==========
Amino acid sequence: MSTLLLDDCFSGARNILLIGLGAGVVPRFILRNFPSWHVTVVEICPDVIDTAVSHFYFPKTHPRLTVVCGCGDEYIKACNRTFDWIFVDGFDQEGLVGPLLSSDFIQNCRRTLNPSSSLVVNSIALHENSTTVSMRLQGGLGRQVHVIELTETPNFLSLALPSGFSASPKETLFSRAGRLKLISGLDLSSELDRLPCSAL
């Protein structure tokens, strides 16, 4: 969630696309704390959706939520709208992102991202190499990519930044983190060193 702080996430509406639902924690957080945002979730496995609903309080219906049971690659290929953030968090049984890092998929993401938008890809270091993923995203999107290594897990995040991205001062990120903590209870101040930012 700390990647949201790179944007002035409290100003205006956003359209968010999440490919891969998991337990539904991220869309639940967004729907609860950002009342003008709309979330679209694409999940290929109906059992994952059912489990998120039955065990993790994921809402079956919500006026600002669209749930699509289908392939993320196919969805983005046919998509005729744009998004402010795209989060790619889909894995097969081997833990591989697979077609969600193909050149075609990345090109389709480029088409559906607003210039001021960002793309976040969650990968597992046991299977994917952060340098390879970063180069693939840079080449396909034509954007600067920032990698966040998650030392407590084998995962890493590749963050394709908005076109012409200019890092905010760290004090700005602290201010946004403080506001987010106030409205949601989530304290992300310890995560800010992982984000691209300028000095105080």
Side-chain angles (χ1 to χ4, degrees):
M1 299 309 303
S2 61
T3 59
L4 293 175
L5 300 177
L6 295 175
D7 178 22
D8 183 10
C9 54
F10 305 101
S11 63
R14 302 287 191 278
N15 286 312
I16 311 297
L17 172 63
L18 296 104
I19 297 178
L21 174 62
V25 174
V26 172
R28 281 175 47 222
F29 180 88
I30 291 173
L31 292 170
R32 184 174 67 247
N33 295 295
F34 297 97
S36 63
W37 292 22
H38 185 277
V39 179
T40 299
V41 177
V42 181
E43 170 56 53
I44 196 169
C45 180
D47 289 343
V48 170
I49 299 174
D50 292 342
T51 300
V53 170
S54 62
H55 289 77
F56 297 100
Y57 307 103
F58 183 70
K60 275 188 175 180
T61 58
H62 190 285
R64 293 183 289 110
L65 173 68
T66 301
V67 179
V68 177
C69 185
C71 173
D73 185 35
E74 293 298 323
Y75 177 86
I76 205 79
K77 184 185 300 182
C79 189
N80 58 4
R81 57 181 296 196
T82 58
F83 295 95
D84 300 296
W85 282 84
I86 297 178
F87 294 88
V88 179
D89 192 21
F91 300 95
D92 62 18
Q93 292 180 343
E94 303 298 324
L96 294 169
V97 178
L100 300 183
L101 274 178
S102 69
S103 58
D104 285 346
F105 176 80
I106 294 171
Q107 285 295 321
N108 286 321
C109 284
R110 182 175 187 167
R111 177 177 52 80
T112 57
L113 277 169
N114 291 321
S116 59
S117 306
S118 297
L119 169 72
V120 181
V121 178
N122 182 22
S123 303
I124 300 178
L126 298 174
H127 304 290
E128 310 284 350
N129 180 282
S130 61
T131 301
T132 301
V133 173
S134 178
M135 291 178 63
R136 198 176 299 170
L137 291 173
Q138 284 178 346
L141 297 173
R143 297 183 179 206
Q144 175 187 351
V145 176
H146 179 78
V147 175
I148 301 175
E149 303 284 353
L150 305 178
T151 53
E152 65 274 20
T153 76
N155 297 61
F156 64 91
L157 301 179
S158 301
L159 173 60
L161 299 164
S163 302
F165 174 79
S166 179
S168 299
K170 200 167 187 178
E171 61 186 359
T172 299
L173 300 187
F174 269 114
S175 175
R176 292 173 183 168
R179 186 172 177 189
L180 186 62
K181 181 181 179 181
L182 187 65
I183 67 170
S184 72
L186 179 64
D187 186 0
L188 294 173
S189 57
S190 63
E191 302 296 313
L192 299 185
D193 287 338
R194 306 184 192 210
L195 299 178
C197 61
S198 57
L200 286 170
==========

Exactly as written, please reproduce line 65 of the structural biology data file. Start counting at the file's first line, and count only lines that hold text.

I76 205 79